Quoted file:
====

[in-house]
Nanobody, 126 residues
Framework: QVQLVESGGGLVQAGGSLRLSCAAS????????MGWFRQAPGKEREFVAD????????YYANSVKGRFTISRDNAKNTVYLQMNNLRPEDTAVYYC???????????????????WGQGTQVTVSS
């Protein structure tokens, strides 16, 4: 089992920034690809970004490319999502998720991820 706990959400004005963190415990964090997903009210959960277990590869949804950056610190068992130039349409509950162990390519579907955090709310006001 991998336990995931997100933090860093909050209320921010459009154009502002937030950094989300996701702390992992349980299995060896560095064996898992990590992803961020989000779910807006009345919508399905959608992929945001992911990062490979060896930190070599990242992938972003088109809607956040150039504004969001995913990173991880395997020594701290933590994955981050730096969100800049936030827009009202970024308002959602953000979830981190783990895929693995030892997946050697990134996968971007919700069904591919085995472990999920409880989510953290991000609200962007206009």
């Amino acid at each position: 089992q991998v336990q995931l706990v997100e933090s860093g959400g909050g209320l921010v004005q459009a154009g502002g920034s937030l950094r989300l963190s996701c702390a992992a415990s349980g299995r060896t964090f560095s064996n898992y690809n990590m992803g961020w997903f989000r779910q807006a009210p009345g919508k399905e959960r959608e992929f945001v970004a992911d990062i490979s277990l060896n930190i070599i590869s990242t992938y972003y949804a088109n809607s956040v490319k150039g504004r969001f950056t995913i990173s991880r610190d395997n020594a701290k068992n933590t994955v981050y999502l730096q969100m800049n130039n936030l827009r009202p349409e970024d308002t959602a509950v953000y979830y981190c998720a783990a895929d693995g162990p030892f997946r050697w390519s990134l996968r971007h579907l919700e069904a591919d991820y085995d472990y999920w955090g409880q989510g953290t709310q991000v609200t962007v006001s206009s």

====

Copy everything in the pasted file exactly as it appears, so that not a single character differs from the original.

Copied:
[in-house]
Nanobody, 126 residues
Framework: QVQLVESGGGLVQAGGSLRLSCAAS????????MGWFRQAPGKEREFVAD????????YYANSVKGRFTISRDNAKNTVYLQMNNLRPEDTAVYYC???????????????????WGQGTQVTVSS
């Protein structure tokens, strides 16, 4: 089992920034690809970004490319999502998720991820 706990959400004005963190415990964090997903009210959960277990590869949804950056610190068992130039349409509950162990390519579907955090709310006001 991998336990995931997100933090860093909050209320921010459009154009502002937030950094989300996701702390992992349980299995060896560095064996898992990590992803961020989000779910807006009345919508399905959608992929945001992911990062490979060896930190070599990242992938972003088109809607956040150039504004969001995913990173991880395997020594701290933590994955981050730096969100800049936030827009009202970024308002959602953000979830981190783990895929693995030892997946050697990134996968971007919700069904591919085995472990999920409880989510953290991000609200962007206009």
């Amino acid at each position: 089992q991998v336990q995931l706990v997100e933090s860093g959400g909050g209320l921010v004005q459009a154009g502002g920034s937030l950094r989300l963190s996701c702390a992992a415990s349980g299995r060896t964090f560095s064996n898992y690809n990590m992803g961020w997903f989000r779910q807006a009210p009345g919508k399905e959960r959608e992929f945001v970004a992911d990062i490979s277990l060896n930190i070599i590869s990242t992938y972003y949804a088109n809607s956040v490319k150039g504004r969001f950056t995913i990173s991880r610190d395997n020594a701290k068992n933590t994955v981050y999502l730096q969100m800049n130039n936030l827009r009202p349409e970024d308002t959602a509950v953000y979830y981190c998720a783990a895929d693995g162990p030892f997946r050697w390519s990134l996968r971007h579907l919700e069904a591919d991820y085995d472990y999920w955090g409880q989510g953290t709310q991000v609200t962007v006001s206009s």